Figures 3 and 4 show the results of PCA based reconstruction for different measurement angles and different levels of noise, after tuning for the optimal and .

relative mse  ssim  

8  0.0389  0.3113  
10  0.0379  0.3165  
12  0.0370  0.3097  
14  0.0366  0.3111  
16  0.0347  0.3163  
20  0.0330  0.3248  
30  0.0300  0.3351  
40  0.0275  0.3472 
Iv Comparison with Patch based techniques
We have compared the performance of the proposed PCA based global prior with the patch based dictionary prior, both using CS recovery routines. To build the patch based dictionary, we use the KSVD algorithm. The template slices are divided into patches and an overcomplete dictionary is learned using the extracted patches. The KSVD algorithm aims to sparsely represent all the patches using the dictionary. Once this dictionary is computed offline, the reconstruction of a new test slice is performed by minimizing the following objective function:
(7) 
where D is the dictionary learned, is the total number of patches and is the operator to extract the patch from the intermediate reconstructed slice. The reconstruction is performed by alternate minimization of Eq 8 and Eq. 9, both using solver.
(8) 
For each ,
(9) 
This method requires prior tuning of three parameters: and . This is done by reconstructing one of the template slices a priori.
V Experiments and Results
We have built the template set using 57 slices from a volume of each dataset. Using more slices may not necessarily help if a subset is sufficient to represent all the variations that the test slice could possess. The chosen test slices are similar to, but not identical to any of the template slices. However, in our experiments so far, the templates and test slices have been chosen from the same volume. Figures 0(a), 5(a), 7(a), 9(a) and 11(a) show the chosen template sets for each of the five datasets and figures 0(b), 5(b), 7(b), 9(b) and 11(b) show the corresponding test slices. To build the patch based dictionary, we have chosen patch size of for the pelvis, colon, shoulder and humerus datasets and patch size of
for walnut dataset. In all the datasets, iid Gaussian noise with standard deviation equal to
of mean of the projections was added to the measurements before reconstruction.The global PCA based method has been compared with the following methods: a) filtered backprojection (using ‘Cosine’ filter), b) plain CS technique that uses only sparsity of DCT prior (i.e. with and set to 0); and c) plain CS DCT prior + patch based dictionary. The visual reconstruction results are shown in figures 5, 7, 9, 11 and 13, and the relative mse and the Structural SIMilarity (ssim) index of the results are shown in tables II, III, IV, V and VI.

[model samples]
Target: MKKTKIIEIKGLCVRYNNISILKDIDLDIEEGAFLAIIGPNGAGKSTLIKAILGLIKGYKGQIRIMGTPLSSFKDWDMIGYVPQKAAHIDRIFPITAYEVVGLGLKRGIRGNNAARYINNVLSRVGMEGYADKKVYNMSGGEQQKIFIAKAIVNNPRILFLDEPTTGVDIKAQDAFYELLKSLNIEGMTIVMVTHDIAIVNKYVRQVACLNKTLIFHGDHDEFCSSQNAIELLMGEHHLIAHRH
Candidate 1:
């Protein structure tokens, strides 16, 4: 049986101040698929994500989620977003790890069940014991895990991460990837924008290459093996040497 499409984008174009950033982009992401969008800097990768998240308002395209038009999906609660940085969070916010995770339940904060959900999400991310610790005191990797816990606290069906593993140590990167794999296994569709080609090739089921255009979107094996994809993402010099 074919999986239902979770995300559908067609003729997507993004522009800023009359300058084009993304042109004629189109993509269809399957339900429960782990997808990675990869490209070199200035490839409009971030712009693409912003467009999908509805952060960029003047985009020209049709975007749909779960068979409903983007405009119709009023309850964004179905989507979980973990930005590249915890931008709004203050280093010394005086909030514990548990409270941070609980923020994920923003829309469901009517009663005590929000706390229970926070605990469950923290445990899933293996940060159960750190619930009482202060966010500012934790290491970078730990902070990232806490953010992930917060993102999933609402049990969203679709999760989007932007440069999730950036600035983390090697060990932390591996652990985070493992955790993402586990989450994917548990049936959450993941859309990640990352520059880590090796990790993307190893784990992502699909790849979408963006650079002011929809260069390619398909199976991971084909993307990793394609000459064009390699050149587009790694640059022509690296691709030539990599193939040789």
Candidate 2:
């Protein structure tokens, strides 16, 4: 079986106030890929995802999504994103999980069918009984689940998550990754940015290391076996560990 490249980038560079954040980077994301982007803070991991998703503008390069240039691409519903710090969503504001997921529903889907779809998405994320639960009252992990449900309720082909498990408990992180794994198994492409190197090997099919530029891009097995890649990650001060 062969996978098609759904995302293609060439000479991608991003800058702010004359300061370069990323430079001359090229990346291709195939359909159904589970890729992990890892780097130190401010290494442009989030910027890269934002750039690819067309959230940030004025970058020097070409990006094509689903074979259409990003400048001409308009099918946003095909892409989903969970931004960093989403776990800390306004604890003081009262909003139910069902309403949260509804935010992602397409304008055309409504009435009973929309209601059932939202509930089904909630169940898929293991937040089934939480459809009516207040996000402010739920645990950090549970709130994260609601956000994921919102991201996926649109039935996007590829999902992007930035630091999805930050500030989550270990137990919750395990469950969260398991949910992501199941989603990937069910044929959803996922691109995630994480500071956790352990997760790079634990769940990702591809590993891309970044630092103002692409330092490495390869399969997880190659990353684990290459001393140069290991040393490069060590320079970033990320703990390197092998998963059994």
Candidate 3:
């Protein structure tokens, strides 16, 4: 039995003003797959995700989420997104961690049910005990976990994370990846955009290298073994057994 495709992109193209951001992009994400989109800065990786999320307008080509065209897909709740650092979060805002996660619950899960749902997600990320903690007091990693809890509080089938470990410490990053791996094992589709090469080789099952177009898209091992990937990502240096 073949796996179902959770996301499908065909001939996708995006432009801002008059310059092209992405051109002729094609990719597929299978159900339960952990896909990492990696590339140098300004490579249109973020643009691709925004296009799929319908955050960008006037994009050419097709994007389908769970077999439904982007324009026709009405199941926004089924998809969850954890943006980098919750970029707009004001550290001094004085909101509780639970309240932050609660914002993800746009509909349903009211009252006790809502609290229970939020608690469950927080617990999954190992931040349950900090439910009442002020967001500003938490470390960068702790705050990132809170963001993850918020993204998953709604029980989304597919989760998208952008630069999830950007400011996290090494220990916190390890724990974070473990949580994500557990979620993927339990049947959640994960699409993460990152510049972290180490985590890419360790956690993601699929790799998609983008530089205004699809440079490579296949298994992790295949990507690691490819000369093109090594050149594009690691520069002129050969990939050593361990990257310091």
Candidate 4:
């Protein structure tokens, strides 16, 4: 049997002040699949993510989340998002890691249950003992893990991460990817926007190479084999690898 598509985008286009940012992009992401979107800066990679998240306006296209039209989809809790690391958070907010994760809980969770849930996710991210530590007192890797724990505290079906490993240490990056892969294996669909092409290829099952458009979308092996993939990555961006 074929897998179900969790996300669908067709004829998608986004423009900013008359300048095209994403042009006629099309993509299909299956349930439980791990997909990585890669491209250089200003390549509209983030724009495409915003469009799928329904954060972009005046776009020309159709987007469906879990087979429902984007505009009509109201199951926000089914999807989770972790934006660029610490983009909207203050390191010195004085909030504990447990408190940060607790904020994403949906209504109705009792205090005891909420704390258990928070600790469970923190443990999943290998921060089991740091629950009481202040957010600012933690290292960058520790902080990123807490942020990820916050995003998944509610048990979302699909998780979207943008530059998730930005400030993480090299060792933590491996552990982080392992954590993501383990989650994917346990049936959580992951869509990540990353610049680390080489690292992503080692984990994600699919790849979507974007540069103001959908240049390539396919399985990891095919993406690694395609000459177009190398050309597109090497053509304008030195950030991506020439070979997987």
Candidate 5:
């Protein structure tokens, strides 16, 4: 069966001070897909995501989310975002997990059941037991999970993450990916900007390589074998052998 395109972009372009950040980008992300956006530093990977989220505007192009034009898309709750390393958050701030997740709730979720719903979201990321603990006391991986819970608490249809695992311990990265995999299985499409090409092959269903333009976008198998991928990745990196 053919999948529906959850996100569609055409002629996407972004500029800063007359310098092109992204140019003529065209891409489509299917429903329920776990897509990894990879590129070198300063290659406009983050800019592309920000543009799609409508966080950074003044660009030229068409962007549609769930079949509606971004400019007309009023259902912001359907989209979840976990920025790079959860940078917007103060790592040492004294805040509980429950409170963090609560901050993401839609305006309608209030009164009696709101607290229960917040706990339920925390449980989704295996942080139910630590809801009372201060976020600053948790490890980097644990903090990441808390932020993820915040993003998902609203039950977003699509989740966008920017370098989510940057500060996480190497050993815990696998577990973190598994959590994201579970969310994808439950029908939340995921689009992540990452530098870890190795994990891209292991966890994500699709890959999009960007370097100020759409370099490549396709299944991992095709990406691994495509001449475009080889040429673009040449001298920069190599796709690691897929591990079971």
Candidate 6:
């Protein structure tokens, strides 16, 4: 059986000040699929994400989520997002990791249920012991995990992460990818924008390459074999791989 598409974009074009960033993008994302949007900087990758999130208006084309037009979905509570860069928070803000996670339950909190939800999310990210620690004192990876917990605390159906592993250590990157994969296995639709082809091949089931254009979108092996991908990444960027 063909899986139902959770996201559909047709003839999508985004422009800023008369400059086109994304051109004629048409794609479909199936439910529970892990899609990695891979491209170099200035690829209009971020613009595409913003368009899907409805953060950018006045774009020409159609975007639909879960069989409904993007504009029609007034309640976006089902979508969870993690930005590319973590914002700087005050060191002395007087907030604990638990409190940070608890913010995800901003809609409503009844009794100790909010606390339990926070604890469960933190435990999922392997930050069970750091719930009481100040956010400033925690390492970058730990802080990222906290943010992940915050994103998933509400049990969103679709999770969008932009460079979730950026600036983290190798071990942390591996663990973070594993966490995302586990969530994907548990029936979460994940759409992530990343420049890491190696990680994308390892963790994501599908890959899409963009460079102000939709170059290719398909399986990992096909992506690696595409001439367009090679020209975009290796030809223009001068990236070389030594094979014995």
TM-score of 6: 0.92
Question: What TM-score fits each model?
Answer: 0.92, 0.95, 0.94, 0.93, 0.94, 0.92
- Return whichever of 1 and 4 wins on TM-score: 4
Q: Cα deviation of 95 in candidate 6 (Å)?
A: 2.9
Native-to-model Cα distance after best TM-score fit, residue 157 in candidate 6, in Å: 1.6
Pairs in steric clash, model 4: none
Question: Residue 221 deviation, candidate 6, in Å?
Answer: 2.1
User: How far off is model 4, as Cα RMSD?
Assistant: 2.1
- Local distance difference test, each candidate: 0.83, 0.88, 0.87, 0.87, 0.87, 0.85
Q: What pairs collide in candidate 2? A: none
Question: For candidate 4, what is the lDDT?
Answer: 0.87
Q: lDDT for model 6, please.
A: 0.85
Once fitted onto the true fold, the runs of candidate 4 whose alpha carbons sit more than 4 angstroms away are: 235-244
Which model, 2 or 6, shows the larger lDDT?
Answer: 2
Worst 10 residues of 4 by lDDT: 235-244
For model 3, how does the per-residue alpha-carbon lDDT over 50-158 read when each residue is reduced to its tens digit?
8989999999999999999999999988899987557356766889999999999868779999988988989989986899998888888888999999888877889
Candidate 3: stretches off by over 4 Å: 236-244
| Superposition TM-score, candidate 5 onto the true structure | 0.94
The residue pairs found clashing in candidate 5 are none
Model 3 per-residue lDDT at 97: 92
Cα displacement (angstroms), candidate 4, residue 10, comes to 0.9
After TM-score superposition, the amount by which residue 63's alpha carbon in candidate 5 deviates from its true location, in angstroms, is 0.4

Relative mse refers to the relative mean squared error and is given by where refers to the number of pixels. SSIM [18]
is a better evaluation metric that computes the similarity in shape and structure of the contents of one image to that of the other.
It is evident that the PCA based prior (coupled within the CS framework) works best. The patch based dictionary doesn’t contribute much to the further improvement over plain CS technique. In previous work, the performance of the patch based dictionaries has not been compared with plain CS reconstruction, as has been done here.
All experiments were performed on MATLAB on a 14core Xeon CPU with a processor at 2.6GHz and RAM of 32GB. Table VII shows the approximate time taken for training and reconstruction phases for experiments on a sized slice from measurements along 12 angles and with noise. Computationally, the global prior based method is much faster than the patch based dictionary method during both the offline prior generation process and the online reconstruction process.
Method  relative mse  ssim 

Filtered backprojection  0.4580  0.1447 
Plain Compressive Sensing  0.7724  0.0230 
Patch based dictionary prior  0.8511  0.0103 
Global PCA based prior  0.0172  0.5150 
Method  relative mse  ssim 

Filtered backprojection  0.5844  0.0505 
Plain Compressive Sensing  0.5266  0.0261 
Patch based dictionary prior  0.7951  0.0192 
Global PCA based prior  0.0280  0.1783 
Method  relative mse  ssim 

Filtered backprojection  1.4089  0.0669 
Plain Compressive Sensing  0.2969  0.0743 
Patch based dictionary prior  0.2839  0.0777